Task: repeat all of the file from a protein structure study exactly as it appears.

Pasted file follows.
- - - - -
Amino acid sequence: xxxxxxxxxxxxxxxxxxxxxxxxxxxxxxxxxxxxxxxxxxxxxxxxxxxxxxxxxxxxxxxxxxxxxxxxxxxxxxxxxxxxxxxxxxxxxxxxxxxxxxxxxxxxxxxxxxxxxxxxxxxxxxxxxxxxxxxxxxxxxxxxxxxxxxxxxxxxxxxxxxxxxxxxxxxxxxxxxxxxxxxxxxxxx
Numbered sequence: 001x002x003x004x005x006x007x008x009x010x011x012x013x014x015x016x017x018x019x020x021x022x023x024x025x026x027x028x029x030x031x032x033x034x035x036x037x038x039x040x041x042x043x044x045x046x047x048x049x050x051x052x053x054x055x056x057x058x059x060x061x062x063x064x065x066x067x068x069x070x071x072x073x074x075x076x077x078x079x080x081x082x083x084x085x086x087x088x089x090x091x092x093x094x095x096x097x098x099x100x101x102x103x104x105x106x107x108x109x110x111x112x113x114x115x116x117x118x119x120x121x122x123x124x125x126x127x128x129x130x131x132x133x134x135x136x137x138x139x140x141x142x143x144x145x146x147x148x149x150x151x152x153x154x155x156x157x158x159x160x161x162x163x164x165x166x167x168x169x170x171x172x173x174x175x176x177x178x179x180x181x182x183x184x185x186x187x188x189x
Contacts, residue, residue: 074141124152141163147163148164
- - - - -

Amino acid sequence: xxxxxxxxxxxxxxxxxxxxxxxxxxxxxxxxxxxxxxxxxxxxxxxxxxxxxxxxxxxxxxxxxxxxxxxxxxxxxxxxxxxxxxxxxxxxxxxxxxxxxxxxxxxxxxxxxxxxxxxxxxxxxxxxxxxxxxxxxxxxxxxxxxxxxxxxxxxxxxxxxxxxxxxxxxxxxxxxxxxxxxxxxxxxx
Numbered sequence: 001x002x003x004x005x006x007x008x009x010x011x012x013x014x015x016x017x018x019x020x021x022x023x024x025x026x027x028x029x030x031x032x033x034x035x036x037x038x039x040x041x042x043x044x045x046x047x048x049x050x051x052x053x054x055x056x057x058x059x060x061x062x063x064x065x066x067x068x069x070x071x072x073x074x075x076x077x078x079x080x081x082x083x084x085x086x087x088x089x090x091x092x093x094x095x096x097x098x099x100x101x102x103x104x105x106x107x108x109x110x111x112x113x114x115x116x117x118x119x120x121x122x123x124x125x126x127x128x129x130x131x132x133x134x135x136x137x138x139x140x141x142x143x144x145x146x147x148x149x150x151x152x153x154x155x156x157x158x159x160x161x162x163x164x165x166x167x168x169x170x171x172x173x174x175x176x177x178x179x180x181x182x183x184x185x186x187x188x189x
Contacts, residue, residue: 074141124152141163147163148164